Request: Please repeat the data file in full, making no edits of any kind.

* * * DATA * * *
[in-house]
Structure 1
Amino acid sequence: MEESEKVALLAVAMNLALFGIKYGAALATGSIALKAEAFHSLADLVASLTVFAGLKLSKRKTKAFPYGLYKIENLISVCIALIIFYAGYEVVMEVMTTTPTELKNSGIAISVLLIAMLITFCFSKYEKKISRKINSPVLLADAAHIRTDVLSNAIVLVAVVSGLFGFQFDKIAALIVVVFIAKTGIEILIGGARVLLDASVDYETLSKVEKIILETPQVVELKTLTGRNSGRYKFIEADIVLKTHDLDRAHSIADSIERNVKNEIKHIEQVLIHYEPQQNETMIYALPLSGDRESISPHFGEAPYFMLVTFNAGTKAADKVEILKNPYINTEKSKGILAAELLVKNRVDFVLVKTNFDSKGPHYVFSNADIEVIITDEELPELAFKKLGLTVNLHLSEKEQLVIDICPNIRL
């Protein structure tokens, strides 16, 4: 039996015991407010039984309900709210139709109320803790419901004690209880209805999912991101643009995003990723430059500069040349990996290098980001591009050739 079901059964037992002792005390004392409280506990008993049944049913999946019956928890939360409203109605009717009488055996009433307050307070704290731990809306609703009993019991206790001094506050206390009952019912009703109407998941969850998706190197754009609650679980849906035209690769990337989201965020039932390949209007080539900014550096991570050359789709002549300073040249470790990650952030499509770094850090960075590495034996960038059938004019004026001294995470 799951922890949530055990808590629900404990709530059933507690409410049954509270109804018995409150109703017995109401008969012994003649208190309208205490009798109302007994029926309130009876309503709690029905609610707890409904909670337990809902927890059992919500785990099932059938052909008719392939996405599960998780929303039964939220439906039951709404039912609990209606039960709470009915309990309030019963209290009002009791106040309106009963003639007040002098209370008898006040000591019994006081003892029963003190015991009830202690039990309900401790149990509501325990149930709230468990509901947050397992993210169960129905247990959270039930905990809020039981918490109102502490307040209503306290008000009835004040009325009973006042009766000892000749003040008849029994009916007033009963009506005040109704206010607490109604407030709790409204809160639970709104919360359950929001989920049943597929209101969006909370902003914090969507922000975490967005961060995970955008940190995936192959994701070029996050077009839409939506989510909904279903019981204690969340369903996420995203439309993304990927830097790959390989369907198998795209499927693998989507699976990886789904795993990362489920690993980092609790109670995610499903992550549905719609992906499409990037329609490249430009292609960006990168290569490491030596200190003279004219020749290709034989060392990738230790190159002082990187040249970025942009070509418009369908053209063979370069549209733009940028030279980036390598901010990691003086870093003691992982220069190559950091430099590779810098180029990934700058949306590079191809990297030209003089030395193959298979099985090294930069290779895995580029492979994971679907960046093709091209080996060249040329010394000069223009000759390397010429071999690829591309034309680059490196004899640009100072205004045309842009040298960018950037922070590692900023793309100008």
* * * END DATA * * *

[in-house]
Structure 1
Amino acid sequence: MEESEKVALLAVAMNLALFGIKYGAALATGSIALKAEAFHSLADLVASLTVFAGLKLSKRKTKAFPYGLYKIENLISVCIALIIFYAGYEVVMEVMTTTPTELKNSGIAISVLLIAMLITFCFSKYEKKISRKINSPVLLADAAHIRTDVLSNAIVLVAVVSGLFGFQFDKIAALIVVVFIAKTGIEILIGGARVLLDASVDYETLSKVEKIILETPQVVELKTLTGRNSGRYKFIEADIVLKTHDLDRAHSIADSIERNVKNEIKHIEQVLIHYEPQQNETMIYALPLSGDRESISPHFGEAPYFMLVTFNAGTKAADKVEILKNPYINTEKSKGILAAELLVKNRVDFVLVKTNFDSKGPHYVFSNADIEVIITDEELPELAFKKLGLTVNLHLSEKEQLVIDICPNIRL
């Protein structure tokens, strides 16, 4: 039996015991407010039984309900709210139709109320803790419901004690209880209805999912991101643009995003990723430059500069040349990996290098980001591009050739 079901059964037992002792005390004392409280506990008993049944049913999946019956928890939360409203109605009717009488055996009433307050307070704290731990809306609703009993019991206790001094506050206390009952019912009703109407998941969850998706190197754009609650679980849906035209690769990337989201965020039932390949209007080539900014550096991570050359789709002549300073040249470790990650952030499509770094850090960075590495034996960038059938004019004026001294995470 799951922890949530055990808590629900404990709530059933507690409410049954509270109804018995409150109703017995109401008969012994003649208190309208205490009798109302007994029926309130009876309503709690029905609610707890409904909670337990809902927890059992919500785990099932059938052909008719392939996405599960998780929303039964939220439906039951709404039912609990209606039960709470009915309990309030019963209290009002009791106040309106009963003639007040002098209370008898006040000591019994006081003892029963003190015991009830202690039990309900401790149990509501325990149930709230468990509901947050397992993210169960129905247990959270039930905990809020039981918490109102502490307040209503306290008000009835004040009325009973006042009766000892000749003040008849029994009916007033009963009506005040109704206010607490109604407030709790409204809160639970709104919360359950929001989920049943597929209101969006909370902003914090969507922000975490967005961060995970955008940190995936192959994701070029996050077009839409939506989510909904279903019981204690969340369903996420995203439309993304990927830097790959390989369907198998795209499927693998989507699976990886789904795993990362489920690993980092609790109670995610499903992550549905719609992906499409990037329609490249430009292609960006990168290569490491030596200190003279004219020749290709034989060392990738230790190159002082990187040249970025942009070509418009369908053209063979370069549209733009940028030279980036390598901010990691003086870093003691992982220069190559950091430099590779810098180029990934700058949306590079191809990297030209003089030395193959298979099985090294930069290779895995580029492979994971679907960046093709091209080996060249040329010394000069223009000759390397010429071999690829591309034309680059490196004899640009100072205004045309842009040298960018950037922070590692900023793309100008």